• Decreased need for sleep (common in older adults)
  • Caregiver communicated fatigue

I often tell families that being a caregiver may be the most important job they will undertake in their entire lifetime. Taking care of themselves will allow them to have the energy to care for their loved one. Learning what to expect and what is expected can help them feel more comfortable in this new role. (And, if their loved one is now institutionalized, the "caregiver" role does not just go away. In fact, it can be confused with the guilt often felt when families can no longer care for the patient at home.) If hospice care is involved by this point, the hospice team will provide teaching about the disease process so the family can feel confident when giving care, as well as addressing the psychological and social needs of the patient and family. If the patient is institutionalized, hospice will support the facility in identifying stages and what changes to expect—and communicate these changes to the family.

Coping with Sundowning Behavior

The following suggestions can help keep the Alzheimer's patient safe, and reduce anxiety. Try to maintain a structured routine that provides activities within the patient's coping ability, as well as applying the following tips to cope with sundowning behavior.

  • Plan activities for earlier in the day, rather than in the afternoon, to avoid exhaustion.
  • Discourage daytime napping and encourage exercise such as taking a walk to use extra energy and promote sense of well-being.
  • Take special notice of the patient's diet—limit caffeine and sweets to early in the day to reduce sleeplessness and agitation.
  • Monitor noise levels from televisions, radios, or stereos to decrease agitation.
  • Keep sleeping room partially lit to prevent patient from becoming disoriented.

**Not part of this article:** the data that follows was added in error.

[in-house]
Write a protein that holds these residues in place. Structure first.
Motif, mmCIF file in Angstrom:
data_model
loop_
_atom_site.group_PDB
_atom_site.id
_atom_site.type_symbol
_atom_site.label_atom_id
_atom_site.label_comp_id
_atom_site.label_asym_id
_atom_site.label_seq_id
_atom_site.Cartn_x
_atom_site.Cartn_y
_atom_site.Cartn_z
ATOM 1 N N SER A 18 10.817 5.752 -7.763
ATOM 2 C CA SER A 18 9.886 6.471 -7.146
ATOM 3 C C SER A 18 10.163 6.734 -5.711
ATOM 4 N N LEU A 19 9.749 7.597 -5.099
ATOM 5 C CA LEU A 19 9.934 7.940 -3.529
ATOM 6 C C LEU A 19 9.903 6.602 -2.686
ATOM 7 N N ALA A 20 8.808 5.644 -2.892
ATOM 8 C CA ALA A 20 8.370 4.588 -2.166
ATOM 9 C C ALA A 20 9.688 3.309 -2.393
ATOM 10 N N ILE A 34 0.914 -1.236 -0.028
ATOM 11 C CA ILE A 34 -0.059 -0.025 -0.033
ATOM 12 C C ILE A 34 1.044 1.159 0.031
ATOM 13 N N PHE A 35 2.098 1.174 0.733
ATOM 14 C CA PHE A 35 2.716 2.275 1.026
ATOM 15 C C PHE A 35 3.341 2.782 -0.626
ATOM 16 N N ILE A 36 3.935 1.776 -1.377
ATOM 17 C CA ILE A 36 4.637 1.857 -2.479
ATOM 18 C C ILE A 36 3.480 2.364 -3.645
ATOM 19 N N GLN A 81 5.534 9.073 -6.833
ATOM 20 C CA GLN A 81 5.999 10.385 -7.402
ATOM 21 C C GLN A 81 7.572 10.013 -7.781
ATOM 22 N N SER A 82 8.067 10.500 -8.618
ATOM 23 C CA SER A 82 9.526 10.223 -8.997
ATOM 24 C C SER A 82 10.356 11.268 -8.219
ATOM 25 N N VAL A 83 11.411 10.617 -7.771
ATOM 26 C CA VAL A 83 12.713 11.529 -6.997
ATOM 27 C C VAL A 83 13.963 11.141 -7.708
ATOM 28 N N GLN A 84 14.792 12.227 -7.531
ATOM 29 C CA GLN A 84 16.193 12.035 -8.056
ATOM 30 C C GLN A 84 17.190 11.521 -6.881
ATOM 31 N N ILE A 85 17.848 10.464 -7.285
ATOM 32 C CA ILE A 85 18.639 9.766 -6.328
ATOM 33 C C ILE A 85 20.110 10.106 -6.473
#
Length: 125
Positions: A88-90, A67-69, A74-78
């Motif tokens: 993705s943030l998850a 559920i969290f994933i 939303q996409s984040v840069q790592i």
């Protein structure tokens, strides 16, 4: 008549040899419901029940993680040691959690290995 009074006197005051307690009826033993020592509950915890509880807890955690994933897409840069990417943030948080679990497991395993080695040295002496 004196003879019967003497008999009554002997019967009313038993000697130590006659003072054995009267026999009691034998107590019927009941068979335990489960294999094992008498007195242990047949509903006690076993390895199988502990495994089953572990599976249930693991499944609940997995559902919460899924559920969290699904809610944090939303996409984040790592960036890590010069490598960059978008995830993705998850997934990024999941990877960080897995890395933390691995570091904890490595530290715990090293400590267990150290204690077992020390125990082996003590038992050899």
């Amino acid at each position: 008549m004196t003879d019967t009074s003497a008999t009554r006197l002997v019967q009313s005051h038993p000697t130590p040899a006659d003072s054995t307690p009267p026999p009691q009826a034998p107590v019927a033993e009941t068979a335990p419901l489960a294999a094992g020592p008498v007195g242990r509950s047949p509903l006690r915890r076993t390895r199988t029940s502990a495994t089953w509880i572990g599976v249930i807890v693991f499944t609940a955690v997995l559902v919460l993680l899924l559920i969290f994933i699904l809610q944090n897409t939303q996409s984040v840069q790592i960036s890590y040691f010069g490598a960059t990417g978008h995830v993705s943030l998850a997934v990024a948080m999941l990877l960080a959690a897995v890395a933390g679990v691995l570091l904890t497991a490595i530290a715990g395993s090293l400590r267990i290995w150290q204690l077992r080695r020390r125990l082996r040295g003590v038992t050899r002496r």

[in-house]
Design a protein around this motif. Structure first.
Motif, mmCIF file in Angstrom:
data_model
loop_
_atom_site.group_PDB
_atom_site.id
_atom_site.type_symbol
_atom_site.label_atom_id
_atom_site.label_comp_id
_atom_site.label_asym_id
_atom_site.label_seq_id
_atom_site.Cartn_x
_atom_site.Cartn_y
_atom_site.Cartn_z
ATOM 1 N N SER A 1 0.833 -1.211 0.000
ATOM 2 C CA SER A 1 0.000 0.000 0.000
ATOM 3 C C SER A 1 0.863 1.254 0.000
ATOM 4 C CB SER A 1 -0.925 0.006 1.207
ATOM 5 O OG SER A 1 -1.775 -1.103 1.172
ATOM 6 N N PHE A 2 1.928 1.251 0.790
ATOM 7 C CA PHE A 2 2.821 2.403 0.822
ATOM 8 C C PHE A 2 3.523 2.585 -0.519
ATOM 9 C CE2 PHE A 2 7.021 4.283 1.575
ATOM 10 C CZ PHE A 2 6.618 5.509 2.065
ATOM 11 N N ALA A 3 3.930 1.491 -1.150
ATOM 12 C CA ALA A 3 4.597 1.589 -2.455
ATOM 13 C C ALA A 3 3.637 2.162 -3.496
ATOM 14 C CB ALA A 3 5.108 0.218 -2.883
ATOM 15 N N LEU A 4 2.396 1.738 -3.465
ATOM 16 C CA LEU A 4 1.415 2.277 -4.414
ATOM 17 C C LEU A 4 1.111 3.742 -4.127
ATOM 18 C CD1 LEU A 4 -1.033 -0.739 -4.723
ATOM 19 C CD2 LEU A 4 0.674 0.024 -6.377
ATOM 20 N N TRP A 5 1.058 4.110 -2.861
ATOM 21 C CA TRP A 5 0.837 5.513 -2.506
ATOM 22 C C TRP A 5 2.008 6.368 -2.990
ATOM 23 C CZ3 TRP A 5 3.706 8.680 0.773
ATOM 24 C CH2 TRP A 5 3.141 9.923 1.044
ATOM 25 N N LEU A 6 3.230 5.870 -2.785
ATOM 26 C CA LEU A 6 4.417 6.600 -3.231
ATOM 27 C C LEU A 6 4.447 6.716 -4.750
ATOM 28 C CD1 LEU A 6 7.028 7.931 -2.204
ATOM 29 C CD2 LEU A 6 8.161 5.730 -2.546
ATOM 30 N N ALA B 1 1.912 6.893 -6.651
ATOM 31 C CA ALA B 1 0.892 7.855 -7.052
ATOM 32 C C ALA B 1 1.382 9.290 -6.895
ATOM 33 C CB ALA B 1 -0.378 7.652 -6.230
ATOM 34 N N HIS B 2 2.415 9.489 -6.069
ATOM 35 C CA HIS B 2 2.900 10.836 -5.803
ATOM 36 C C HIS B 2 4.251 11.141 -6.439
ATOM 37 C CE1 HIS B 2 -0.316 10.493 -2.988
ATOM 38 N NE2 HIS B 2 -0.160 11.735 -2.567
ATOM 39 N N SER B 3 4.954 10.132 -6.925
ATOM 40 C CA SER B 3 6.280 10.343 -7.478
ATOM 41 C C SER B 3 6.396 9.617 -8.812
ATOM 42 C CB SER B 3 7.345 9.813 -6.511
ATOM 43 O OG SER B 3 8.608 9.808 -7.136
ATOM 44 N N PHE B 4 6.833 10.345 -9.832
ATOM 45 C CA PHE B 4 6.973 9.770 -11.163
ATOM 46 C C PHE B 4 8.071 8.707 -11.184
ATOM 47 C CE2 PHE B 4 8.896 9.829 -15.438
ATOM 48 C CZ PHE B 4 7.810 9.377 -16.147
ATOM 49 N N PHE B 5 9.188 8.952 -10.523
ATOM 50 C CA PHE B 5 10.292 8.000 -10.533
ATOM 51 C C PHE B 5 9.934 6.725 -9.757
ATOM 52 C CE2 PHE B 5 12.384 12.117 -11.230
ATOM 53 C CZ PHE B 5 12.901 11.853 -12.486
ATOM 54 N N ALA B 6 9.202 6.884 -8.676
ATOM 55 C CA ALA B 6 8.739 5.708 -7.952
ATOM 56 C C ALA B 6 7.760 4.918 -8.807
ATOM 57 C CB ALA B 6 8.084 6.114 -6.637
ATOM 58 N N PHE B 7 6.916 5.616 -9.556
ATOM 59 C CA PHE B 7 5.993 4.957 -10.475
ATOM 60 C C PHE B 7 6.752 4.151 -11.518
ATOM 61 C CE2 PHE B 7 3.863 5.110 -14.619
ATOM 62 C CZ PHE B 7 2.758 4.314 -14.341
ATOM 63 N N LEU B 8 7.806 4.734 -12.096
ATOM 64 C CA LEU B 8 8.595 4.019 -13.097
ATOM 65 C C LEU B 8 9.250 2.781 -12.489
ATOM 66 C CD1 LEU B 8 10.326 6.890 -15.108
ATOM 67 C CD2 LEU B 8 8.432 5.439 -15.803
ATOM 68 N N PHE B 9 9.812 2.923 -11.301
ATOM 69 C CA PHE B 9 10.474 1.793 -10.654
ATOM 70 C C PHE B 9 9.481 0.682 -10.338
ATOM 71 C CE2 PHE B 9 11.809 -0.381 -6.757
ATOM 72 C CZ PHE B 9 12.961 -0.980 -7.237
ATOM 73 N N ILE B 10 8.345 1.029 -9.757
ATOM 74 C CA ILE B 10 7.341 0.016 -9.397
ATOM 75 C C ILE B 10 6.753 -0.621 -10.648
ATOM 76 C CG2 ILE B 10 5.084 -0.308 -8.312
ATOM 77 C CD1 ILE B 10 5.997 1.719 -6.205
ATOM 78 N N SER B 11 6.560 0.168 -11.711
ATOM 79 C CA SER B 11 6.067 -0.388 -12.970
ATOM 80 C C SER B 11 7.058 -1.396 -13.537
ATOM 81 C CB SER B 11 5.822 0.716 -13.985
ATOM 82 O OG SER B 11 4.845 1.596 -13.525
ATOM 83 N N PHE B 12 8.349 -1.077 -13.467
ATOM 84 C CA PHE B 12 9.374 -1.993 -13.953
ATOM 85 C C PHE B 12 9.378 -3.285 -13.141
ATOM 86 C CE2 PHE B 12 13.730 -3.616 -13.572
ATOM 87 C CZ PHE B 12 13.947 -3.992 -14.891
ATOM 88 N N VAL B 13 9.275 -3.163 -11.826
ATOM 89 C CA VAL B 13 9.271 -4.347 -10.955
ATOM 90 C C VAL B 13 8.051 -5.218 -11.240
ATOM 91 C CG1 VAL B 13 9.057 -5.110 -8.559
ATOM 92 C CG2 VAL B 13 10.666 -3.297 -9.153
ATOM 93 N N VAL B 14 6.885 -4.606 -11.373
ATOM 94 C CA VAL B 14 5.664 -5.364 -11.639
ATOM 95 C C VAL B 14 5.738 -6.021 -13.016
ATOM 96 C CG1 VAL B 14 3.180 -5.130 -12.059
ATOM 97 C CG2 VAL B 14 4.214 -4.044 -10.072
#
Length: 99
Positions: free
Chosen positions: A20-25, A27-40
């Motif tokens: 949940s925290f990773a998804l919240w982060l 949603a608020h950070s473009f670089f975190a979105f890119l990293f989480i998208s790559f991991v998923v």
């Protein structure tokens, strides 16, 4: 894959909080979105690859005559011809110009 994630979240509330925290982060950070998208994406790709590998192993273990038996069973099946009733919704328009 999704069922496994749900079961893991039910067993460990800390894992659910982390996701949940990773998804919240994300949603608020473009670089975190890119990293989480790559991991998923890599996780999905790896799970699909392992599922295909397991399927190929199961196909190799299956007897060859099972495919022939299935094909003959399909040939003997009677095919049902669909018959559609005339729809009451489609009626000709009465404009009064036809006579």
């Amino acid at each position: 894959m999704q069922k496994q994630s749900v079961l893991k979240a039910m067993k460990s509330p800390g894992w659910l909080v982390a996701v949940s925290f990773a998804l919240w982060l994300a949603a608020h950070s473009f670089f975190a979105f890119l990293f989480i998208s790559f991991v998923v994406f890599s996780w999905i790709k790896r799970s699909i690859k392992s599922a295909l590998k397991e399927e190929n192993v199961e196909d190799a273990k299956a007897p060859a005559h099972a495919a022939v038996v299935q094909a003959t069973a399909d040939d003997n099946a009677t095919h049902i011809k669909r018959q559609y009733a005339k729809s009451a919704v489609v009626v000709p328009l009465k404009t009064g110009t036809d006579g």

• Caregivers should remember to take care of themselves to avoid transferring stress.1

We can better accept the changes that occur in the Alzheimer's patient if we understand the changes that occur in the brain. Confusion, restlessness and agitation occur because the brain can no longer sort out clues in the patient's environment. As Alzheimer's disease progresses, more and more nerve cells or neurons (we normally have about 100 billion!) in the brain die, resulting in brain shrinkage. This "shrinking" equates to losses in functional ability. The FAST scale helps illustrate for families and caregivers or institutions, the expected losses at each stage. Sundowning occurs in Stage 6, so beside the disruption of the sleep-wake cycle, the patient may begin to exhibit suspiciousness concerning his or her surroundings, delusions regarding the caregiver as really being an "imposter" and repetitive behaviors. So, too, this is the stage in which we begin to see wandering behavior.

Understanding what triggers sundowning, taking steps to reduce those triggers, and realizing the main goal should always be safety for the patient, helps us all cope better when caring for the Alzheimer's patient. And, knowing what to expect as Alzheimer's disease progresses and sundowning behaviors occur, receiving the necessary support along the way, will make this road a little easier to navigate—for family and caregivers alike.

Celebrating Life!

Audrey Wuerl

1Alzheimer's Association. 2007. Sleeplessness and Sundowning, pp. 1–2. Accessed May 4, 2009
2Volicer, L, Harper, D, Manning, B.C., Goldstein, R. and Satlin, A. (2001, May). Sundowning and Circadian Rhythms in Alzheimer’s Disease. American Journal of Psychiatry, 158:5, pp. 704–711

Audrey Wuerl

Audrey Wuerl, RN, BSN, CHPN, is education coordinator for Hospice of San Joaquin in California, which serves San Joaquin County and its surrounding areas. See full bio